They look after the elderly

They look after the elderly
READY TO HELP: Mr Tong and volunteers from SGH at his flat.

For 10 years, the multicoloured plastic reclining chair had stood in front of his bed in his one-room flat.

Despite having some dining chairs and a common stool , it is this particular chair that Mr Tong would spend most of his time on reading newspapers.

Then one day, the arm came off and Mr Tong Yew Mun, 75, did not have the money to replace it.

His only source of income is from his CPF, from which he gets a monthly payout of S$297.

So there it stood until "Project GroomOver" came along.

The project, involving volunteers from the Singapore General Hospital (SGH), helps needy elderly residents in the Henderson and Bukit Merah areas.

When TNP visited Mr Tong at home on Saturday, volunteers were busy cleaning his flat.

One of the volunteers, Madam Salimah Ayoob, 51, Deputy Director of Nursing at SGH, said: "Mr Tong told us he had his chair for 10 years and one of the arms had come off.

He said he would love to have the same chair as he had been using the old one for 10 years.

"So we took a picture of it and went to look for the exact replacement."

The team took two days to track down the chair, eventually finding one in Choa Chu Kang.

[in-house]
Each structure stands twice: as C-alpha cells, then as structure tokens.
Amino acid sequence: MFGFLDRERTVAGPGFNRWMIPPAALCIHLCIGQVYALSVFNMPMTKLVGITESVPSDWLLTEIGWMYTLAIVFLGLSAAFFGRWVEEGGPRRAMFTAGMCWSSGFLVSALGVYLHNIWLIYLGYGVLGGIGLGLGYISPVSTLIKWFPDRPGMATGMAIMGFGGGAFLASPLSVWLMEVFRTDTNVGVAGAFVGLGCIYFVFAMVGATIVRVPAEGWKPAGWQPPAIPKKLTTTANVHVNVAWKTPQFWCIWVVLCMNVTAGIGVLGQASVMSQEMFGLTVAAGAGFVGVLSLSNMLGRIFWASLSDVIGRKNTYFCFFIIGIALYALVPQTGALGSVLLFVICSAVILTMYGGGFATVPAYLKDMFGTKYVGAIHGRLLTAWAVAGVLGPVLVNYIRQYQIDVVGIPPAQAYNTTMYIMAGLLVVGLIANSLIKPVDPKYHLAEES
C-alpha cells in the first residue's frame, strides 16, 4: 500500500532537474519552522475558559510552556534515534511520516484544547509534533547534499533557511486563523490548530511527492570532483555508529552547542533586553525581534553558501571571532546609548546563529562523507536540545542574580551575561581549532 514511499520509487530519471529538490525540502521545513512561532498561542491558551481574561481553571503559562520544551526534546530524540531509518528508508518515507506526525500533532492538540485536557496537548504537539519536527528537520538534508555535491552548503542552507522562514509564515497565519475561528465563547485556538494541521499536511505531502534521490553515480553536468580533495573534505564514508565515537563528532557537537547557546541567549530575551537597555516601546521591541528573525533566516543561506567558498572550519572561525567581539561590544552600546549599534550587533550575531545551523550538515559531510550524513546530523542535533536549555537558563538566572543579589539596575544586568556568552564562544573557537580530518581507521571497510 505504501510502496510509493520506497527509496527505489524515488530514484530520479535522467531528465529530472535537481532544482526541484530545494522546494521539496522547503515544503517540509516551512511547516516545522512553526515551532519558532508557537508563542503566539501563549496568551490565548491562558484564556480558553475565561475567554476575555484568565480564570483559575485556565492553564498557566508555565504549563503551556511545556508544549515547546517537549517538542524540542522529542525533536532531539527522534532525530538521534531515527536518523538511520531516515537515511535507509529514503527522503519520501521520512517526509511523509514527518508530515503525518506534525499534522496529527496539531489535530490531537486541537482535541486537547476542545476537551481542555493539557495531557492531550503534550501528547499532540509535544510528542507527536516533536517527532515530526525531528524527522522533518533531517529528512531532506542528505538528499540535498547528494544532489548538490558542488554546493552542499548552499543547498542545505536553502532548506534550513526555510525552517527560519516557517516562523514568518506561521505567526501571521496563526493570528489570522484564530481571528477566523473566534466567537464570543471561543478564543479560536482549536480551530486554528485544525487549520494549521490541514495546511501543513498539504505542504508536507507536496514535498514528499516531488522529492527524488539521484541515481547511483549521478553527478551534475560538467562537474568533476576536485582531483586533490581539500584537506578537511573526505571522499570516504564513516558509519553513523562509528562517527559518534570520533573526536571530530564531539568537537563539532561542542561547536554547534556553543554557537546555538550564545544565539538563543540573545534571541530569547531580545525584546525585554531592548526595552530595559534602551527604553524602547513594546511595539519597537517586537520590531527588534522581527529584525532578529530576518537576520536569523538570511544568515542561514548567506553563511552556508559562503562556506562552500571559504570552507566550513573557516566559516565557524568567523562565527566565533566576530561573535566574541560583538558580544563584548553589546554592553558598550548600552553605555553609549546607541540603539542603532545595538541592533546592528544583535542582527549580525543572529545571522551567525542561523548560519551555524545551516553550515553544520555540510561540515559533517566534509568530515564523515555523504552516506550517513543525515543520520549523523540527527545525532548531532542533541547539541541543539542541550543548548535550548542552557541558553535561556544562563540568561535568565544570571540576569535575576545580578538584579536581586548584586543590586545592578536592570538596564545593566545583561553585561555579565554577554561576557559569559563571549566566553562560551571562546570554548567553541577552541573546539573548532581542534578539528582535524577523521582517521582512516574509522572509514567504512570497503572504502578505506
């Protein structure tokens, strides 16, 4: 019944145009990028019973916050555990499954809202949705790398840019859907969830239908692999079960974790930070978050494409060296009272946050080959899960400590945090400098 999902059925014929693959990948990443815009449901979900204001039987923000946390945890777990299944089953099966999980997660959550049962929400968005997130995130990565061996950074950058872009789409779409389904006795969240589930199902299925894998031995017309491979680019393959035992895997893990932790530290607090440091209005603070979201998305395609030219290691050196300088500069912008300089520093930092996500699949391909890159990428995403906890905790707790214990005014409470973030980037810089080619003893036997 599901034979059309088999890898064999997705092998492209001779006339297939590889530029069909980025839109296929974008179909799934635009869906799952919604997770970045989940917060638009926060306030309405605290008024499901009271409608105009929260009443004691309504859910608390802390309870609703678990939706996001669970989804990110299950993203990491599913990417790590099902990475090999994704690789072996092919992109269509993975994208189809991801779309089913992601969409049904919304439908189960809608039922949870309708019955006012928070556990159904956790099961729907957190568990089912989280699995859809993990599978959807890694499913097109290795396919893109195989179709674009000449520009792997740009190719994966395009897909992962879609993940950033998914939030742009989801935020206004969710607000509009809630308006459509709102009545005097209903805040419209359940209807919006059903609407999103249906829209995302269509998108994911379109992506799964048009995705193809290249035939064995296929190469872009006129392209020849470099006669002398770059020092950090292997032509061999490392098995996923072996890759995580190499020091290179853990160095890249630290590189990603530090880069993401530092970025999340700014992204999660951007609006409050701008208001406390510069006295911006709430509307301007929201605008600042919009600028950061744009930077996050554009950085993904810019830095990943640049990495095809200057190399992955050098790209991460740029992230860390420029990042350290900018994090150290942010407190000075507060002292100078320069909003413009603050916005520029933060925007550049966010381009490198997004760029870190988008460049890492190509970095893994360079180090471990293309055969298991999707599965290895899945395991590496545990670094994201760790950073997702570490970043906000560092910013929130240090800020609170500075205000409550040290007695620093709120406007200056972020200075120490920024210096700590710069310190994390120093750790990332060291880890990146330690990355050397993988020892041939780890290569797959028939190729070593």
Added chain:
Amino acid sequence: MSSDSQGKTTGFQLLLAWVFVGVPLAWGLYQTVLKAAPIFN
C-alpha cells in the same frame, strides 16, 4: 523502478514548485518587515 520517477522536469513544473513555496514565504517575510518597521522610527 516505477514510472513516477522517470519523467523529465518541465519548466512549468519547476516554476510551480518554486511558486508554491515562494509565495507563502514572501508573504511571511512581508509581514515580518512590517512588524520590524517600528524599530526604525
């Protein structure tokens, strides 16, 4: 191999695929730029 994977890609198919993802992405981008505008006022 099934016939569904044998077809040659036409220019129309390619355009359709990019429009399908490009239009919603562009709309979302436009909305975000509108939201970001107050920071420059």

"He was delighted we were able to bring him the same chair," she said.

Many others like Mr Tong have received items such as kettles and mattresses.

They are small gifts that the volunteers feel will make the lives of these elderly a better one.

"I'm very happy I got a new chair and the volunteers made my home very clean," Mr Tong said in Cantonese.

It took the nine volunteers about three hours to clean his flat.

Mr Tong, a bachelor, has been living alone in his one-room rented flat at Banda Street in the heart of Chinatown.

Like many elderly people, he suffers from various ailments such as diabetes, hypertension and high cholesterol.

He goes for his monthly check-ups at the Tzu Chi Free Clinic , which provides free transportation from his home.

However, some elderly like Mr Tong are often forgetful and illiterate, tending to either mix up their medications or take medicines that have long expired.

This is where Project GroomOver's pharmacists come in.

Madam Mumtaj Ibrahim, Community Relations Manager of SGH, said: " Our pharmacists are on hand to do a medicine reconciliation.

They will dispose of some medicines that are expired.

They will also advise these elderly residents on the proper medicines and dosage for their various medical conditions."

SingHealth Resident doctors will also conduct basic health screenings for the elderly residents.

"It's the Chinese New Year season so it'll be nice to usher in the new year together with these residents by helping them in whatever little way we can," Madam Mumtaj added.

When asked how he intended to spend Chinese New Year this year, Mr Tong jokingly said in Cantonese: "Go to the streets and have reunion dinner."

His wishes this new year? "All I wish for is good health and I will be very happy," he said.

andreas@sph.com.sg


This article was first published on Feb 11, 2015.
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